Linux is a free "open-source" operating system based on Unix. It was initially developed by Linus Torvalds in Finland. Open-source means that anyone with computer programming skills can make improvements to Linux by making changes to the computer source code, provided they post their changes back up on the Internet for others to take advantage of.
Most computer stores sell packaged versions of Linux. They generally include Linux with some additional Linux software on a CD-ROM, as well as a printed manual. they'll often sell a box with Linux on a CD-ROM, plus other things like a printed manual. This is more convenient than waiting to download everything yourself, but can be expensive. CheapBytes offers Linux on CD - no manuals included - for as little as US$2 per CD, plus a flat shipping fee of US$5 to ship up to 18 CDs anywhere within the U.S. and Canada.
Linux comes in many distributions, developed by many different people and companies. Every distribution works differently - it's all very confusing. Some include the graphical interface, "X Window"; some are text-only. Some take up dozens of megabytes of disk space; some fit on a single floppy disk. You can read about them all at the linux.org distribution list.
Hal91 is an interesting distribution of Linux. It was brought to you by Øyvind Kolås in Norway. However, Øyvind has stopped working on hal91, and his webpage no longer even mentions it. Hal91 works on any PC with a 486 or Pentium processor. Although not as full-featured as other Linux distributions, it fits on a single floppy disk, and you don't need to modify the hard drive in any way. (You just start the computer up with your hal91 disk in the floppy drive.) It's a good way to try Linux yourself.
When you're ready for a graphical interface and additional software, it's time to move on to a full-fledged Linux distribution. Due to the shoddy quality of the manuals included with many boxed Linux distributions, you're best off buying a book about Linux with an included CD-ROM.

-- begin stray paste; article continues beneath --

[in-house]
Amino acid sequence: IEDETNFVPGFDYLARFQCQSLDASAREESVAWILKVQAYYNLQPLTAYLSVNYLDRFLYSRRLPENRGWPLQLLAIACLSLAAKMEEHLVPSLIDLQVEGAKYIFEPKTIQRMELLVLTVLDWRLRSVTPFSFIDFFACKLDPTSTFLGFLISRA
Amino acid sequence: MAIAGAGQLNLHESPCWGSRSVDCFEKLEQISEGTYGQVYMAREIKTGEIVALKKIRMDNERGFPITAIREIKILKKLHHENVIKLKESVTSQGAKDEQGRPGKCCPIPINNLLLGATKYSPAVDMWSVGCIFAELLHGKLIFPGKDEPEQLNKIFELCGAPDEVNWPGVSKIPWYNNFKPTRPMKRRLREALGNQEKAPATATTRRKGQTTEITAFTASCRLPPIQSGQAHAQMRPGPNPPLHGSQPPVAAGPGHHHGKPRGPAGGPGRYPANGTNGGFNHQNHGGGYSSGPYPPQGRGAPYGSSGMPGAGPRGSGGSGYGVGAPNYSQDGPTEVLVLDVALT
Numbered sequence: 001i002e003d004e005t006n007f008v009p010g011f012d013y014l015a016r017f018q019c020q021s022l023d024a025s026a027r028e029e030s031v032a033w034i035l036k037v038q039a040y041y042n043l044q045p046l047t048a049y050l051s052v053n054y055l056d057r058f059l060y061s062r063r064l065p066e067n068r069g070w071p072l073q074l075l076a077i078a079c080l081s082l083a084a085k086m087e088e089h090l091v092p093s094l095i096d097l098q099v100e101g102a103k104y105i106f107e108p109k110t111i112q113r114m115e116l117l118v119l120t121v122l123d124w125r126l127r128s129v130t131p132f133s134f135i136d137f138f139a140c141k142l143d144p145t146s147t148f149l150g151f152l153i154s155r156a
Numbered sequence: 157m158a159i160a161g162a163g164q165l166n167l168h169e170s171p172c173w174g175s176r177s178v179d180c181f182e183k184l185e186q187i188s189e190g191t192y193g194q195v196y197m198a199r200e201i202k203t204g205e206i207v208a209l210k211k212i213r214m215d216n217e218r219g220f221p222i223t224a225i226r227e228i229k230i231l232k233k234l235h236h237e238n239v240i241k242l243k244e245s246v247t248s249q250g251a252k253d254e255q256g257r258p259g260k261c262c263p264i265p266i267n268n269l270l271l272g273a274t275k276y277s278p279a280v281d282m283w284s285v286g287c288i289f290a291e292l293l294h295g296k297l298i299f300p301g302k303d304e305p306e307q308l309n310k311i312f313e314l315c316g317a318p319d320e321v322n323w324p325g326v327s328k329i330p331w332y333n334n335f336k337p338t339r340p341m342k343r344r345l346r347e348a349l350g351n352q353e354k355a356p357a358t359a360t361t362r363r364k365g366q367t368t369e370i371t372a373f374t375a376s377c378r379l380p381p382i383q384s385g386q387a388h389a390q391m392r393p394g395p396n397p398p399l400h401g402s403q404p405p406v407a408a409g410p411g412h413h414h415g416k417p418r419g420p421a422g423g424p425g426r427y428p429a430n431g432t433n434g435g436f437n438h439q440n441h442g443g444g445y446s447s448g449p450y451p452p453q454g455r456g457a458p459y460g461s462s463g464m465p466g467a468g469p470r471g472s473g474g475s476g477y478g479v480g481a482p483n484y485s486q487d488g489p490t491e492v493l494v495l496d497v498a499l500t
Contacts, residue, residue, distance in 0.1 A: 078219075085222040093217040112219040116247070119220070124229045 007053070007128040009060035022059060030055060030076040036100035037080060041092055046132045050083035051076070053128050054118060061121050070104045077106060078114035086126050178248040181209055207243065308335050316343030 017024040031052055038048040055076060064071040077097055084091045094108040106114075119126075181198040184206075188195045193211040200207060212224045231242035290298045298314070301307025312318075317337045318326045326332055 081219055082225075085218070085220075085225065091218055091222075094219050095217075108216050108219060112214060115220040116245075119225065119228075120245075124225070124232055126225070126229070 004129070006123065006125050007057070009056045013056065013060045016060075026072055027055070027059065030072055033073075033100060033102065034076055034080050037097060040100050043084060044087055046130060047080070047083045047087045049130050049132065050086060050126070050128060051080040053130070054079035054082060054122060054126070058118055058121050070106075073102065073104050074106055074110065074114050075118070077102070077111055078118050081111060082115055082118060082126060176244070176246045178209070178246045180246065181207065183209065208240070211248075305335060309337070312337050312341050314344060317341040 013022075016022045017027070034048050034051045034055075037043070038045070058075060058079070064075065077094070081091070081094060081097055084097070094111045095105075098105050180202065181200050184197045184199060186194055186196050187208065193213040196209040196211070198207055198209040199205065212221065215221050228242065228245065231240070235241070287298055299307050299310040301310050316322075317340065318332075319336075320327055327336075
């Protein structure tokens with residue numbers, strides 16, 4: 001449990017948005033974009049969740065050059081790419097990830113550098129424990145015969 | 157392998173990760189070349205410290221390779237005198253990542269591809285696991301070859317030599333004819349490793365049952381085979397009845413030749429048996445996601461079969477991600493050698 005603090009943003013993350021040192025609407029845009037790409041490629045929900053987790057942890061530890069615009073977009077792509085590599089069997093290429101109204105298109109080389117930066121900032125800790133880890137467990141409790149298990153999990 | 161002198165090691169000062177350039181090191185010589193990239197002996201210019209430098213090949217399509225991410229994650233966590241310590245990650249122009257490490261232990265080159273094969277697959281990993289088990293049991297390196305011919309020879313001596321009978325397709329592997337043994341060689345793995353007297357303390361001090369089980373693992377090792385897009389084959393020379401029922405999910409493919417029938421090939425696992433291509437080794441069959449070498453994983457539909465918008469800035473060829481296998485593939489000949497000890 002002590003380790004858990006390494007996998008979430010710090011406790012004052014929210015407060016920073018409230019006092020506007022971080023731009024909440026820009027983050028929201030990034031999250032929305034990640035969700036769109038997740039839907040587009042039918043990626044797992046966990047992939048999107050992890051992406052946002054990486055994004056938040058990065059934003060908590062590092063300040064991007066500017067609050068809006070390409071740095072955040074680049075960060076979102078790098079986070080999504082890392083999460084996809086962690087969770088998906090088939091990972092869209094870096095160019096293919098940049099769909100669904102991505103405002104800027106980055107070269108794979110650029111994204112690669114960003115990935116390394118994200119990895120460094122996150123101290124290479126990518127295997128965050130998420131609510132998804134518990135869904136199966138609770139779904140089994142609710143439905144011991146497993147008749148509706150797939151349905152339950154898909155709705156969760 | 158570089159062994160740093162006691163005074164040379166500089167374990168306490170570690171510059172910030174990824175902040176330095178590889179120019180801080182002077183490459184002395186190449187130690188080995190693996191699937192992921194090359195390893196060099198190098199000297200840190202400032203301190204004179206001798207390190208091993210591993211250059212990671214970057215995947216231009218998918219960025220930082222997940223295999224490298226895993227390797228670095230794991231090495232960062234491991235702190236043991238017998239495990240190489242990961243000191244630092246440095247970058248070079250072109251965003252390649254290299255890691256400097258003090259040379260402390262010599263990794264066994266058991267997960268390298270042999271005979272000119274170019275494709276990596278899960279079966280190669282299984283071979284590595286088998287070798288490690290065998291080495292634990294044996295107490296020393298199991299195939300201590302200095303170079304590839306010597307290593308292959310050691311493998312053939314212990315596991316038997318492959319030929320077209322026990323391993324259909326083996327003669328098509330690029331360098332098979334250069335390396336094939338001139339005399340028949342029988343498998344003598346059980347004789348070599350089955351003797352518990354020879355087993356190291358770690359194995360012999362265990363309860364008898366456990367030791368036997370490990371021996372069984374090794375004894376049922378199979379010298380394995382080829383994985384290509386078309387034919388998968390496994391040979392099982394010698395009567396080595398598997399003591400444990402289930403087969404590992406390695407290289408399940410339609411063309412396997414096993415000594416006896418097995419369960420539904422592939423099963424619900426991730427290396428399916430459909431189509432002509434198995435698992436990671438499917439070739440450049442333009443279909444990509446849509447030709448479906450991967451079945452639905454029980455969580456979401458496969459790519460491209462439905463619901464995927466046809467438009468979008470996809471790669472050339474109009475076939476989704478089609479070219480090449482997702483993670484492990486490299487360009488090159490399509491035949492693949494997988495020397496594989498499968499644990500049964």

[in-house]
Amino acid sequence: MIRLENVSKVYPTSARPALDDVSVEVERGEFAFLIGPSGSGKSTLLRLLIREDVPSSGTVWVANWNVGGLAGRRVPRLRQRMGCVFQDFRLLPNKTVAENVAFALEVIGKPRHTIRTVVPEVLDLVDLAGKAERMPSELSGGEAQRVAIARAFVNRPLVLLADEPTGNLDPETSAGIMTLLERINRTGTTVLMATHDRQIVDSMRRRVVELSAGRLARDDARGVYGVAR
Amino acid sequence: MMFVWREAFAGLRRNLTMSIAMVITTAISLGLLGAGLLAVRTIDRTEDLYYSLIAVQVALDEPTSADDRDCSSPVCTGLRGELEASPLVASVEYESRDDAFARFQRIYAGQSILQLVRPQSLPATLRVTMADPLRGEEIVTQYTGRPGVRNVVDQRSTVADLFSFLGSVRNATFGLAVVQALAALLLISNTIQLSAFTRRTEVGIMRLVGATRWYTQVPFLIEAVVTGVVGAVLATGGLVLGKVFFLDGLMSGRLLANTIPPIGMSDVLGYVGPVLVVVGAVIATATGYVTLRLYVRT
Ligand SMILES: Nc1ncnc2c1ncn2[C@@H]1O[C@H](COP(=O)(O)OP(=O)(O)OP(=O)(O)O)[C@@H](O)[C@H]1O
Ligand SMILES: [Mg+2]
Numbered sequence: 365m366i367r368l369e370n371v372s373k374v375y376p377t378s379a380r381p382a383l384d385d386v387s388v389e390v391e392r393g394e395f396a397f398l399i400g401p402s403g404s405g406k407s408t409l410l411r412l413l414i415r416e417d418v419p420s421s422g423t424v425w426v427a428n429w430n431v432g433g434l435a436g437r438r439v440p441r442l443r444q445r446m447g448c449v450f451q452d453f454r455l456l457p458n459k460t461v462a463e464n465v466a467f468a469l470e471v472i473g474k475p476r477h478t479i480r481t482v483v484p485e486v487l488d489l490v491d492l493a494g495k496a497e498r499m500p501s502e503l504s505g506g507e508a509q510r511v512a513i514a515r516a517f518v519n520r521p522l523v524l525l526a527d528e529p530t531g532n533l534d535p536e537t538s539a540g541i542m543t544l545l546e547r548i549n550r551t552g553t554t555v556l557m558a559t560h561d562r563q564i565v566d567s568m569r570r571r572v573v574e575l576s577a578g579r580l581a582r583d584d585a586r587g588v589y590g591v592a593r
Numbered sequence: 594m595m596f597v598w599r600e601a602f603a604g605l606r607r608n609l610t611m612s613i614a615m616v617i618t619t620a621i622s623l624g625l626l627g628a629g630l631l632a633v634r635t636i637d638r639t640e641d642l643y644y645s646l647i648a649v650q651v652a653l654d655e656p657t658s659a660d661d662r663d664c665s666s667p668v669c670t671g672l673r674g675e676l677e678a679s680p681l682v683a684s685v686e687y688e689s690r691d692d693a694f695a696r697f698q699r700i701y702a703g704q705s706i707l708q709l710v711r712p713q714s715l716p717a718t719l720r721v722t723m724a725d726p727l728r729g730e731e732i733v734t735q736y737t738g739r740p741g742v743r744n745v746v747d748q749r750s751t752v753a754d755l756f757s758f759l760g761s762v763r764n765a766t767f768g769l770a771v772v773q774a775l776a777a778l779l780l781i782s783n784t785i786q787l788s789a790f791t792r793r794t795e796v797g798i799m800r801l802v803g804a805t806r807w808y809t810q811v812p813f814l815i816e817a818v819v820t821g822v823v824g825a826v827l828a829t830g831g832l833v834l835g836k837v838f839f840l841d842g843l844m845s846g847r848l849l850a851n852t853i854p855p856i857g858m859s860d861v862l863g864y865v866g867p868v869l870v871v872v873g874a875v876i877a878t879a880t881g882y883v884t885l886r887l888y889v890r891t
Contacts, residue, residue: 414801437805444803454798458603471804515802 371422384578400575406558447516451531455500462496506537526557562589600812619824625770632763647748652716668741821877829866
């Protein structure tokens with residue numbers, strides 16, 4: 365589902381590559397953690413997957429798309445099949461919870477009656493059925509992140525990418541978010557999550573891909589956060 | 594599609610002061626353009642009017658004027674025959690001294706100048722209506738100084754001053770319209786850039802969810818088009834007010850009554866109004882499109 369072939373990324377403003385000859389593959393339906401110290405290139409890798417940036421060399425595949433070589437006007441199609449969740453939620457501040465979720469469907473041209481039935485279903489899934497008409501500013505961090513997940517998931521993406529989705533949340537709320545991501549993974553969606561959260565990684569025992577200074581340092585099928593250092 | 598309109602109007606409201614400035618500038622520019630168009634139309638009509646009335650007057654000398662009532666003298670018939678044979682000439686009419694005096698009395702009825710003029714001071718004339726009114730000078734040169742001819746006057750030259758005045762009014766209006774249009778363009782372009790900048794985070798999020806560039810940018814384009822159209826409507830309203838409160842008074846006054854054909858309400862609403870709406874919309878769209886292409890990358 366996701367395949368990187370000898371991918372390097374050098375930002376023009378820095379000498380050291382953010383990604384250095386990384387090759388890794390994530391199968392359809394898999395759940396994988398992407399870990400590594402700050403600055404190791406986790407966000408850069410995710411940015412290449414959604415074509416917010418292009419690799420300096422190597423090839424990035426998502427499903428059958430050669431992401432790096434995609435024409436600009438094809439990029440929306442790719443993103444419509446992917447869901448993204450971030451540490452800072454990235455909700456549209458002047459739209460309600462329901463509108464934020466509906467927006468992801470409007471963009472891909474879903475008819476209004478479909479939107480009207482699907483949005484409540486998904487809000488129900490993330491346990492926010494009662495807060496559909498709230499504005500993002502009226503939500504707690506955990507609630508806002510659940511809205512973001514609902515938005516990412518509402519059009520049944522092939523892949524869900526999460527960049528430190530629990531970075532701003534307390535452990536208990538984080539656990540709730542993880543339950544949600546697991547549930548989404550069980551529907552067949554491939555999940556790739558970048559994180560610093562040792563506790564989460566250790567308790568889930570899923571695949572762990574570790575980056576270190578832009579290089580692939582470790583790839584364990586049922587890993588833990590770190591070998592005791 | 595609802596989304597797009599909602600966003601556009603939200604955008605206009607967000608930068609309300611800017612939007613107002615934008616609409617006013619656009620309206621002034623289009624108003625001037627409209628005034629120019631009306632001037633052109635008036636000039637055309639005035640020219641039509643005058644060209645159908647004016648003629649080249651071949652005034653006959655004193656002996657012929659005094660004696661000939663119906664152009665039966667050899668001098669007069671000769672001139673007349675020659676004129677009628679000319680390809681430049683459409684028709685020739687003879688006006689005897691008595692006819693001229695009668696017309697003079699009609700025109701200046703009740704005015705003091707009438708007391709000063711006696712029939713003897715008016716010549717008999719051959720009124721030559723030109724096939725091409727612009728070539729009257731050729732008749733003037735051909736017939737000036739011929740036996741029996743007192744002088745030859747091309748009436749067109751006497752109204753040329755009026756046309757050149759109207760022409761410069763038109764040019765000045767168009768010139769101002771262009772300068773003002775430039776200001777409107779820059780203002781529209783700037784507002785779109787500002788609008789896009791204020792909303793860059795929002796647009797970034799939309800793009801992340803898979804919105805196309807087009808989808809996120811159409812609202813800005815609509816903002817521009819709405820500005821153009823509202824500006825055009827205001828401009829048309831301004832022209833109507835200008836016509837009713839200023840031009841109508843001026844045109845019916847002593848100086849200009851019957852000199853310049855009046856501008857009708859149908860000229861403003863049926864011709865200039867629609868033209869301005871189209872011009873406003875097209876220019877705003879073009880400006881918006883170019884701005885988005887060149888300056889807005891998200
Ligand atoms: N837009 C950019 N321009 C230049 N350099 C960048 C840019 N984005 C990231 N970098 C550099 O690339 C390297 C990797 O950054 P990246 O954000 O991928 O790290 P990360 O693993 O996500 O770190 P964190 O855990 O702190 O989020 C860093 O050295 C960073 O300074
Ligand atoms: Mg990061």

If you already have some Linux experience and are looking for some more advanced information, spring for Linux: the Complete Reference. This 1,257-page volume is the ultimate Linux reference manual, describing how to install, run, and get optimum results from any Linux program, utility, or major distribution you could possibly think of. It fully explains (and provides abundant screenshots) describing how to configure the system, how to write programs for Linux, and even how to recompile the kernel step-by step. The book is very useful for users of any distribution, but it goes into extra detail about Red Hat Linux 7.0 and Caldera OpenLinux 2.4 - because both are included! Click here to pick up this invaluable 1,257-page powerhouse for just $27.99 at Amazon.com. You definitely won't regret it.
For novice Linux users, I recommend Red Hat Linux 7 for Dummies without a doubt. Unlike most other Linux books and manuals, it requires no previous Linux knowledge at all. Plus, it includes the full 3-CD-ROM version of Red Hat Linux 7.0! Click here to buy it from Amazon.com for the reasonable price of $20.99. You'll be fluent with Linux in no time.
If you're more of a visual learner, try Master Red Hat Linux Visually instead. As with Red Hat Linux 7 for Dummies, you'll need no previous Linux knowledge whatsoever. You'll learn everything about Linux through screenshots and step-by-step instructions. From installation, customization and using the GNOME graphical interface to networking, administration, and security. As an added bonus, the book includes Red Hat Linux 6.2 on two CD-ROMs. Click here to get it from Amazon.com for only $24.49. You'll quickly learn Linux the visual way.